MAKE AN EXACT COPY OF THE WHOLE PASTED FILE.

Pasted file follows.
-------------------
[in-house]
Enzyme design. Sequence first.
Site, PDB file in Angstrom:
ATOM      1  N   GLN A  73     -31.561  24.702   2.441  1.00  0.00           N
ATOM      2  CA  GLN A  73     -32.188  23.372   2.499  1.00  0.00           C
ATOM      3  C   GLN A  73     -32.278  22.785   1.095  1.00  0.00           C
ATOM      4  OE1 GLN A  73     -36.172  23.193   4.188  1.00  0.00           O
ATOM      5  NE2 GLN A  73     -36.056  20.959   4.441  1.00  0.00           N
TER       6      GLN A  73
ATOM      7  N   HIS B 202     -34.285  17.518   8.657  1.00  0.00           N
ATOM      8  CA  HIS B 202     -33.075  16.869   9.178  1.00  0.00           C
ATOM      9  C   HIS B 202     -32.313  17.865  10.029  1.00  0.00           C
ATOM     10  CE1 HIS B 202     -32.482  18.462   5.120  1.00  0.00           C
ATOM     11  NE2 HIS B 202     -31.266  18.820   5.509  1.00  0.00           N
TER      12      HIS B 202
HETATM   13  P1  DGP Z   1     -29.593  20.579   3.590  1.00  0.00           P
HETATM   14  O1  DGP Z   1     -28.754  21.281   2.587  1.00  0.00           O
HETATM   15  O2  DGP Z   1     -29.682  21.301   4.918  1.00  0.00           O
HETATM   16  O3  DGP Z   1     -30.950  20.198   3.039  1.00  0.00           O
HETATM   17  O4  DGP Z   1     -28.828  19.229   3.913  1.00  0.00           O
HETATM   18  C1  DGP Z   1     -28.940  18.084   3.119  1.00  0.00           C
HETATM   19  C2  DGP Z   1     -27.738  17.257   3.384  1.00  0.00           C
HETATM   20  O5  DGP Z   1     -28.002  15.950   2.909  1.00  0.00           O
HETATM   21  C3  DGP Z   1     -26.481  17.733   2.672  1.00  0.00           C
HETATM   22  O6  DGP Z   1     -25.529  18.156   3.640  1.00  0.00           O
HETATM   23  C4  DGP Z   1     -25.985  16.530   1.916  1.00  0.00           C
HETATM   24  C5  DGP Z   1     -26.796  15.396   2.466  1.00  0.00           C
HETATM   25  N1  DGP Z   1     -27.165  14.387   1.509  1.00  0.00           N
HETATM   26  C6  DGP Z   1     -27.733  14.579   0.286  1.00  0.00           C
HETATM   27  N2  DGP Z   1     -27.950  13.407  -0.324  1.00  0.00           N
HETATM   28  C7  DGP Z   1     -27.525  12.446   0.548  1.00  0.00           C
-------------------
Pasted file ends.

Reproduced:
[in-house]
Enzyme design. Sequence first.
Site, PDB file in Angstrom:
ATOM      1  N   GLN A  73     -31.561  24.702   2.441  1.00  0.00           N
ATOM      2  CA  GLN A  73     -32.188  23.372   2.499  1.00  0.00           C
ATOM      3  C   GLN A  73     -32.278  22.785   1.095  1.00  0.00           C
ATOM      4  OE1 GLN A  73     -36.172  23.193   4.188  1.00  0.00           O
ATOM      5  NE2 GLN A  73     -36.056  20.959   4.441  1.00  0.00           N
TER       6      GLN A  73
ATOM      7  N   HIS B 202     -34.285  17.518   8.657  1.00  0.00           N
ATOM      8  CA  HIS B 202     -33.075  16.869   9.178  1.00  0.00           C
ATOM      9  C   HIS B 202     -32.313  17.865  10.029  1.00  0.00           C
ATOM     10  CE1 HIS B 202     -32.482  18.462   5.120  1.00  0.00           C
ATOM     11  NE2 HIS B 202     -31.266  18.820   5.509  1.00  0.00           N
TER      12      HIS B 202
HETATM   13  P1  DGP Z   1     -29.593  20.579   3.590  1.00  0.00           P
HETATM   14  O1  DGP Z   1     -28.754  21.281   2.587  1.00  0.00           O
HETATM   15  O2  DGP Z   1     -29.682  21.301   4.918  1.00  0.00           O
HETATM   16  O3  DGP Z   1     -30.950  20.198   3.039  1.00  0.00           O
HETATM   17  O4  DGP Z   1     -28.828  19.229   3.913  1.00  0.00           O
HETATM   18  C1  DGP Z   1     -28.940  18.084   3.119  1.00  0.00           C
HETATM   19  C2  DGP Z   1     -27.738  17.257   3.384  1.00  0.00           C
HETATM   20  O5  DGP Z   1     -28.002  15.950   2.909  1.00  0.00           O
HETATM   21  C3  DGP Z   1     -26.481  17.733   2.672  1.00  0.00           C
HETATM   22  O6  DGP Z   1     -25.529  18.156   3.640  1.00  0.00           O
HETATM   23  C4  DGP Z   1     -25.985  16.530   1.916  1.00  0.00           C
HETATM   24  C5  DGP Z   1     -26.796  15.396   2.466  1.00  0.00           C
HETATM   25  N1  DGP Z   1     -27.165  14.387   1.509  1.00  0.00           N
HETATM   26  C6  DGP Z   1     -27.733  14.579   0.286  1.00  0.00           C
HETATM   27  N2  DGP Z   1     -27.950  13.407  -0.324  1.00  0.00           N
HETATM   28  C7  DGP Z   1     -27.525  12.446   0.548  1.00  0.00           C